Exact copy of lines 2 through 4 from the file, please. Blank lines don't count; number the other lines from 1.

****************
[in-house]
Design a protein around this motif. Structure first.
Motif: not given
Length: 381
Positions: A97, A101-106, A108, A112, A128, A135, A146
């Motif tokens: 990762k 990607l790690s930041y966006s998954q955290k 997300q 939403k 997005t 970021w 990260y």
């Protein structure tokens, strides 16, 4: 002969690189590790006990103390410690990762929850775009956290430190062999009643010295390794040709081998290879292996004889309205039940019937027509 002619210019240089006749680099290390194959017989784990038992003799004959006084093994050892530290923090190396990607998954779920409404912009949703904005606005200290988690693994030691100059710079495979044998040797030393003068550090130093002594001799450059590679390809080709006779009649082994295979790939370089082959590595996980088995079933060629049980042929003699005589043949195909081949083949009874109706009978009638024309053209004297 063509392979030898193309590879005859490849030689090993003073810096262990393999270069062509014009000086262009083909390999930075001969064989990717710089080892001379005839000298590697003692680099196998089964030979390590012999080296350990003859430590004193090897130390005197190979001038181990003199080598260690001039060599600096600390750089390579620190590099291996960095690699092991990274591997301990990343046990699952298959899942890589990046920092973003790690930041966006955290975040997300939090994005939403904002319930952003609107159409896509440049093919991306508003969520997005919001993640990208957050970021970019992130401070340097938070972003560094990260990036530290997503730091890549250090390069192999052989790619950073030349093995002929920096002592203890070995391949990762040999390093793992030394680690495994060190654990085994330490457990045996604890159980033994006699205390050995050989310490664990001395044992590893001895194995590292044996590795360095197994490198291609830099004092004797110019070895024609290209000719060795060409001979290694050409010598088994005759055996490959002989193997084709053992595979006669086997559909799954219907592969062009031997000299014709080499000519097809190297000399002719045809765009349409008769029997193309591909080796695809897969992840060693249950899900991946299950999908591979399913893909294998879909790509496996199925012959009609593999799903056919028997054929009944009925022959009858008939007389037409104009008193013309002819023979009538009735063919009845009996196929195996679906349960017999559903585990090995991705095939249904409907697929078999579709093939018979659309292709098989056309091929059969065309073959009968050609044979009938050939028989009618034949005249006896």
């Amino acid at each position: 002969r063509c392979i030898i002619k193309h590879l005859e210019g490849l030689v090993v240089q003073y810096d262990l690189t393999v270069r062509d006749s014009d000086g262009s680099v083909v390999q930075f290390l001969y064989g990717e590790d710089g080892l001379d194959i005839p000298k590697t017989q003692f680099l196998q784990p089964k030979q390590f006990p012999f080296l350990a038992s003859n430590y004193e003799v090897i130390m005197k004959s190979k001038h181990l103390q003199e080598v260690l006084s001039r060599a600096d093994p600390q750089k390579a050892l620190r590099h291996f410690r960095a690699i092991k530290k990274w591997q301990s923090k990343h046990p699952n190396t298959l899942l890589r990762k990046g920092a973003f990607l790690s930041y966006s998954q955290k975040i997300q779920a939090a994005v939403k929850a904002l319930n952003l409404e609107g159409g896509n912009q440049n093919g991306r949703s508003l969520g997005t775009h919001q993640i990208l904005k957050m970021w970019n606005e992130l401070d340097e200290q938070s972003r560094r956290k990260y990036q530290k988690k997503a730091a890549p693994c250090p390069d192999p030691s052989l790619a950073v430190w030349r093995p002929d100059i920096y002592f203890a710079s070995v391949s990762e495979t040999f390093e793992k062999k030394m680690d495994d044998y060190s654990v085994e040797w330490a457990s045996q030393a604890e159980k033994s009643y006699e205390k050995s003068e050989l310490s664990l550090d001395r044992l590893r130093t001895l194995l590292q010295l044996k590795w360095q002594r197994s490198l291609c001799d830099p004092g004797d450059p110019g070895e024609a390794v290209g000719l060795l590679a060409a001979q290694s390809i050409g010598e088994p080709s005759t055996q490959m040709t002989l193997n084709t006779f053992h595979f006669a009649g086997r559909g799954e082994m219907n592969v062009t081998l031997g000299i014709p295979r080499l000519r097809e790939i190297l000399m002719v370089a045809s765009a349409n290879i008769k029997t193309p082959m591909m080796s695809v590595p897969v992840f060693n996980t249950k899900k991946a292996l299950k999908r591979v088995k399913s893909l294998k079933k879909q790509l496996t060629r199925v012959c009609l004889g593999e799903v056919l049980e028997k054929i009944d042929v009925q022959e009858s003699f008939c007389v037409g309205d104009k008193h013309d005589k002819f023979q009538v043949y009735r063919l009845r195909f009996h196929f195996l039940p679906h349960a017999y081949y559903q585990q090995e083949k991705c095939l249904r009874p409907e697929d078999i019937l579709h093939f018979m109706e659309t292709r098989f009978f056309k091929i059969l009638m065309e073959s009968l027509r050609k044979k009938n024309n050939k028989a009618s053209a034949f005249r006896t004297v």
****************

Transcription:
Design a protein around this motif. Structure first.
Motif: not given
Length: 381